Highland Fire at Nearly 2,500 Acres; Containment Rises to 20%

Retardant dropped
A tanker drops retardant on the Highland Fire near Aguanga. REUTERS/Mike Blake

Fire crews in Riverside County are working Thursday to keep the Highland Fire, which has grown to nearly 2,500 acres and is 25% contained, within its perimeter.

The Highland Fire erupted about 12:40 p.m. Monday in the area of Highlands and Aguanga Ranchos roads, near the junction of Highways 79 and 371, and burned 2,487 acres according to reports released Thursday. A Cal Fire helicopter crew conducted reconnaissance late Wednesday afternoon.

Officials at the scene said air tankers would not be required for operations Thursday. Two helicopters were requested to return in the morning for mop-up work along the fire lines.

A public safety power shutoff — during which transmission lines are de-energized — requested by fire personnel during the first hours of the fire along Highway 79 ended at 11:30 a.m. Wednesday, according to officials.

Around noon, all Cal Fire air tankers and the “air attack” operations coordinator departed the area, with flames confined within the acreage where tankers had dropped fire retardant since Monday. One helicopter made targeted drops Wednesday afternoon, according to reports from the scene.

Winds were not a factor.

According to the fire department, firefighters were trying to stamp out flames in “extremely steep and rugged terrain.”

Thirteen structures, including three homes, were either damaged or destroyed by the fire. One firefighter injury was reported, but no details were available. More than 2,300 structures are threatened.

GoFundMe accounts were established for those who suffered property losses. They are at the following links:

— www.gofundme.com/f/mike-doehr-lost-everything-from-a-wildfire;

— www.gofundme.com/f/single-dad-of-2-girls-lost-home-to-wild-fire; and

— www.gofundme.com/f/6vf2y-home-destroyed.

Roughly 4,000 residents were under evacuation orders or warnings. A care and reception center was established for evacuees at Great Oak High School in Temecula. Residents with large and small pets were invited to drop them at the San Jacinto Valley Animal Campus for safekeeping.

Evacuation orders remained in place for the following:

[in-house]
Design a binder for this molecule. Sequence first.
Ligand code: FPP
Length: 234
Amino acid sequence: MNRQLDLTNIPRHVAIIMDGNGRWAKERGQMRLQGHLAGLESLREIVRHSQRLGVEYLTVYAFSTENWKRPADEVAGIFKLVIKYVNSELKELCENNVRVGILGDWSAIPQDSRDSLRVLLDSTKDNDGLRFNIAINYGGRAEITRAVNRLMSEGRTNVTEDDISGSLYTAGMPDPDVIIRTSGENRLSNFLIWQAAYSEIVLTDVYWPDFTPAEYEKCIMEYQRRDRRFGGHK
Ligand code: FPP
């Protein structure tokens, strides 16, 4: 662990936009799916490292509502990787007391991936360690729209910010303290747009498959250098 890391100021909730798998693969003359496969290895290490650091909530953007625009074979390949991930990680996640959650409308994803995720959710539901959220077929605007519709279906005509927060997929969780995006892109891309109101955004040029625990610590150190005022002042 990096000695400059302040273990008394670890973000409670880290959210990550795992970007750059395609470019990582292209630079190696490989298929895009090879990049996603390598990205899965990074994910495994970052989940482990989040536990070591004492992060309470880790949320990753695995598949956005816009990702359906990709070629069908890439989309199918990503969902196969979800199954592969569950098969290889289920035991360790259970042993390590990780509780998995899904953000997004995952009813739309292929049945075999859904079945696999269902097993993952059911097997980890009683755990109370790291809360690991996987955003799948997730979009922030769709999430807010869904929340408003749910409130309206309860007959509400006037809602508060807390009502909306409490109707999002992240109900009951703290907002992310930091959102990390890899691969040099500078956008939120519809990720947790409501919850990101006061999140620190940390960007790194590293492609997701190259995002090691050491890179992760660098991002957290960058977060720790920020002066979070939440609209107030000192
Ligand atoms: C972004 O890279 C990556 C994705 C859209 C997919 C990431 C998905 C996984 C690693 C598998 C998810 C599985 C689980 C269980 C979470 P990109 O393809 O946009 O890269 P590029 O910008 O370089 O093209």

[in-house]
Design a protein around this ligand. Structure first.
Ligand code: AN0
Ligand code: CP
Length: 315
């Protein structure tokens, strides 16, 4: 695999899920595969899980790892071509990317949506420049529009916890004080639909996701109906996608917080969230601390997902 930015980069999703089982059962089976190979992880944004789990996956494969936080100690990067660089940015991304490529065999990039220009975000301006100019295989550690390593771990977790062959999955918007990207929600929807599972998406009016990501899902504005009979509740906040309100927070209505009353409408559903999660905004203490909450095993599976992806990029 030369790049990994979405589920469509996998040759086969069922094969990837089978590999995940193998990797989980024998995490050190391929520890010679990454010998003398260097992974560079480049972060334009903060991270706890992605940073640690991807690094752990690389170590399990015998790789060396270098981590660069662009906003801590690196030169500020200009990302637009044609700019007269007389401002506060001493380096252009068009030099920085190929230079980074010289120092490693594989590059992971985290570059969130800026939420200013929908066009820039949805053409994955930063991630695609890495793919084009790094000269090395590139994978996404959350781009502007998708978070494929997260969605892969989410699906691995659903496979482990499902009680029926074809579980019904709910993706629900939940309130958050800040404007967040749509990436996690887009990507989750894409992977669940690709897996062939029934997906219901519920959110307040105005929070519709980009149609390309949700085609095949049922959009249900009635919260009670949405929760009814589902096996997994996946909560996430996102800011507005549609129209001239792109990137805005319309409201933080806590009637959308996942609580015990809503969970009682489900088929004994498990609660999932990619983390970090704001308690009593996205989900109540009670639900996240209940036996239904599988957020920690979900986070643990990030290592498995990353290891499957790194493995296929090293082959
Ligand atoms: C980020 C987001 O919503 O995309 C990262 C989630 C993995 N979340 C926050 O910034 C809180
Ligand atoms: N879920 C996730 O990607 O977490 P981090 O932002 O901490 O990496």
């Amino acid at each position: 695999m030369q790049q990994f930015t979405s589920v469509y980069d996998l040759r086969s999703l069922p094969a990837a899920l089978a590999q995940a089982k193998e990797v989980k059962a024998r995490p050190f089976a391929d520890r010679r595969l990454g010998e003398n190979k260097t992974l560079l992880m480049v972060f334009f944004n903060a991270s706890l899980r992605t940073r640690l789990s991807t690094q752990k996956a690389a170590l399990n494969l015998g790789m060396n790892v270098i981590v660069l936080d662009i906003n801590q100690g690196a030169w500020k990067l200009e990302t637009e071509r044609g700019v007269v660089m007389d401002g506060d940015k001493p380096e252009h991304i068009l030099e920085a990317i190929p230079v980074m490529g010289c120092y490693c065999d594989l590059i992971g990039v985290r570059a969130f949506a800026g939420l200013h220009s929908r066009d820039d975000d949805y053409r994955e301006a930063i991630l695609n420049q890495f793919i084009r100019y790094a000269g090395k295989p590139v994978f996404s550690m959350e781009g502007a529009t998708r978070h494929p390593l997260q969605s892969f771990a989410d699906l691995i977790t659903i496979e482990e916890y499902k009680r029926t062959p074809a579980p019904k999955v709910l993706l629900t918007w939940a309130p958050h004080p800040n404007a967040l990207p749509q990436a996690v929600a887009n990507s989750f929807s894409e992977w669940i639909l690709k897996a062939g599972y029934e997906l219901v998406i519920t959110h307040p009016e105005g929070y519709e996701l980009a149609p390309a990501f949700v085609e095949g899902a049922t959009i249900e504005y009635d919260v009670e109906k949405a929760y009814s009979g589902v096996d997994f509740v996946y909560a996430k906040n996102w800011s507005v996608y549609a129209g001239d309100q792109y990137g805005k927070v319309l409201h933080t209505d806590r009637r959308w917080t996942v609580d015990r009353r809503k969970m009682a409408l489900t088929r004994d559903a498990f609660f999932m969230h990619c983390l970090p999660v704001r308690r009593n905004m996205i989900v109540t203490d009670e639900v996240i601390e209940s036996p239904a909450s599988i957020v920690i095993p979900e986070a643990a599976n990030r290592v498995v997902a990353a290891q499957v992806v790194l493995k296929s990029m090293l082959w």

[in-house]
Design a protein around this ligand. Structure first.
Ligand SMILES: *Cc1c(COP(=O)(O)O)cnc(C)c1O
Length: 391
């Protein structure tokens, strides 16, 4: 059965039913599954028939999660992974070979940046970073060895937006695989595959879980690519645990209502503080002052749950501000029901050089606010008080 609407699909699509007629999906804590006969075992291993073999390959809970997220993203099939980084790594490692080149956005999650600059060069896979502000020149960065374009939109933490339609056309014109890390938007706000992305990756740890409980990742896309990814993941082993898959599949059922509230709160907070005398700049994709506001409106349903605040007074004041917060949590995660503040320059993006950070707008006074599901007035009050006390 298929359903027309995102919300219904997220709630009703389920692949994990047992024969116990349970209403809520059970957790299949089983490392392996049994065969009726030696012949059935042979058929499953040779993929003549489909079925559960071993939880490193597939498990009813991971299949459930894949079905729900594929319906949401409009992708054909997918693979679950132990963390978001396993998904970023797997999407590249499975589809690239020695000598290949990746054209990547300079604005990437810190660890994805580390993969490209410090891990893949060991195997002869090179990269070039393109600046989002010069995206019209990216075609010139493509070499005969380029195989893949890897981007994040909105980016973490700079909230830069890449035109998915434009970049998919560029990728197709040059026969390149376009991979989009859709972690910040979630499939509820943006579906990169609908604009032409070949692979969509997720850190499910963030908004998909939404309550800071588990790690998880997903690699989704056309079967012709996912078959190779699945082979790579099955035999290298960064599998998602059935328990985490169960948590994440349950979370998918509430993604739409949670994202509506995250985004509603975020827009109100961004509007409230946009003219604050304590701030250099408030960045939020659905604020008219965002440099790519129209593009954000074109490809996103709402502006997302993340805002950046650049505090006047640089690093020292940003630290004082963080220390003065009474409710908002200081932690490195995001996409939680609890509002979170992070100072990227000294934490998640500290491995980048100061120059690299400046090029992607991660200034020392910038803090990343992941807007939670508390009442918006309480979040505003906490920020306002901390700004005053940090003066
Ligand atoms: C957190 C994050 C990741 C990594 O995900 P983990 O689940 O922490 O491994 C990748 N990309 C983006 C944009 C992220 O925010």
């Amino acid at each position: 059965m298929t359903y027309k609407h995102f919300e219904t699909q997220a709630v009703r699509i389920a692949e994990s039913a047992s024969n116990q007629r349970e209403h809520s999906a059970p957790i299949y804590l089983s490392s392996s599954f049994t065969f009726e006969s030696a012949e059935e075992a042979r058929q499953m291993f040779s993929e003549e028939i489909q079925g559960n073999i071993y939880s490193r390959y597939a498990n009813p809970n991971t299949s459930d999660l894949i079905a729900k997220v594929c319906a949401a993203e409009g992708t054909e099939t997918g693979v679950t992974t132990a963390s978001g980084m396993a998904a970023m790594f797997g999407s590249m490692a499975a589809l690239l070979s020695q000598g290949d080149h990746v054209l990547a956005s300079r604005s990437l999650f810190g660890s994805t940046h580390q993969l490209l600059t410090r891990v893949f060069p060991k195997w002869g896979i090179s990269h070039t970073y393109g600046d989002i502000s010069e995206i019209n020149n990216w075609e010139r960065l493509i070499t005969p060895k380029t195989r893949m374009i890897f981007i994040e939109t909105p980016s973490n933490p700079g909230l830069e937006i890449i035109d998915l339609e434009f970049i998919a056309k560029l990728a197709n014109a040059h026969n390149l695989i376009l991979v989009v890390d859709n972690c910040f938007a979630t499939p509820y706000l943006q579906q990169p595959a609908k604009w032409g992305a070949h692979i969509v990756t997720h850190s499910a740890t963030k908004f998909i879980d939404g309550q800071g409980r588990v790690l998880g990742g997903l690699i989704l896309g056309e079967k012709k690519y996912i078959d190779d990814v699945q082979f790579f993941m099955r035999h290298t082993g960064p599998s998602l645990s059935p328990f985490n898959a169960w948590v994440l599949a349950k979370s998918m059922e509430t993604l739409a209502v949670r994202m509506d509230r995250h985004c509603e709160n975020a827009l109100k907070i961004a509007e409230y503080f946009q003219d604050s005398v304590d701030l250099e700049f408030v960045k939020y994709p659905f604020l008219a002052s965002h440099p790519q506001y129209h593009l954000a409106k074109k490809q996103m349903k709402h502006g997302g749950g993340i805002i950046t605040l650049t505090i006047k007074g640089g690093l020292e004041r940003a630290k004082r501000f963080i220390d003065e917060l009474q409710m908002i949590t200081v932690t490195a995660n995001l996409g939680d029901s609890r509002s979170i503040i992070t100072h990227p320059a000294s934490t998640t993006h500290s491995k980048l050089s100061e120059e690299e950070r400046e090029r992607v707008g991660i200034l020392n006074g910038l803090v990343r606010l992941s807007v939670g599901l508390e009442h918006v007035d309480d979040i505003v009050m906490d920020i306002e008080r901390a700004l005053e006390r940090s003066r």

— south of Sage Road, north of Cottonwood Creek, between Becker Lane and Boulder Vista;

— south of Highway 371, west of Sorenson Road and north of San Diego County Line Road;

— north of David Street, south of Pueblo Road, between Vail Lake Resort and Shirley Way; and

— south of Highway 79, north of the San Diego County line, between Forest Route 8S07 and Crosley Truck Trail.

Evacuation warnings were in place for the following:

— west of the Cahuilla Tribal Reservation boundary and north of County Line Road; and

— north of Cleveland National Forest, south of Watts Road and Avenida Bravura, between De Portola Road and Round Top Canyon Road.

About 1,000 firefighters were working to shore up containment lines.

Road closures remained in effect Wednesday on Highway 79 from Vail Lake to the San Diego County line; Sage Road from Highway 79 to Wilson Valley Road; Wilson Valley Road, from Sage Road to Highway 371; and Highway 371, from Highway 79 to Wilson Valley Road.

The blaze started near a residence, but the exact cause was under investigation.

The South Coast Air Quality Management District on Tuesday issued a wildfire smoke advisory due to the blaze, nothing that winds have been pushing the smoke toward Temecula and San Clemente. The air quality agency urged residents in affected areas to limit their exposure by staying indoors with windows and doors closed, running air conditions or air purifiers and avoiding vigorous outdoor physical activity.

Residents were also told to avoid using swamp coolers or whole house fans that bring in outside air.

–City News Service

Originally posted 2023-11-02 17:41:27.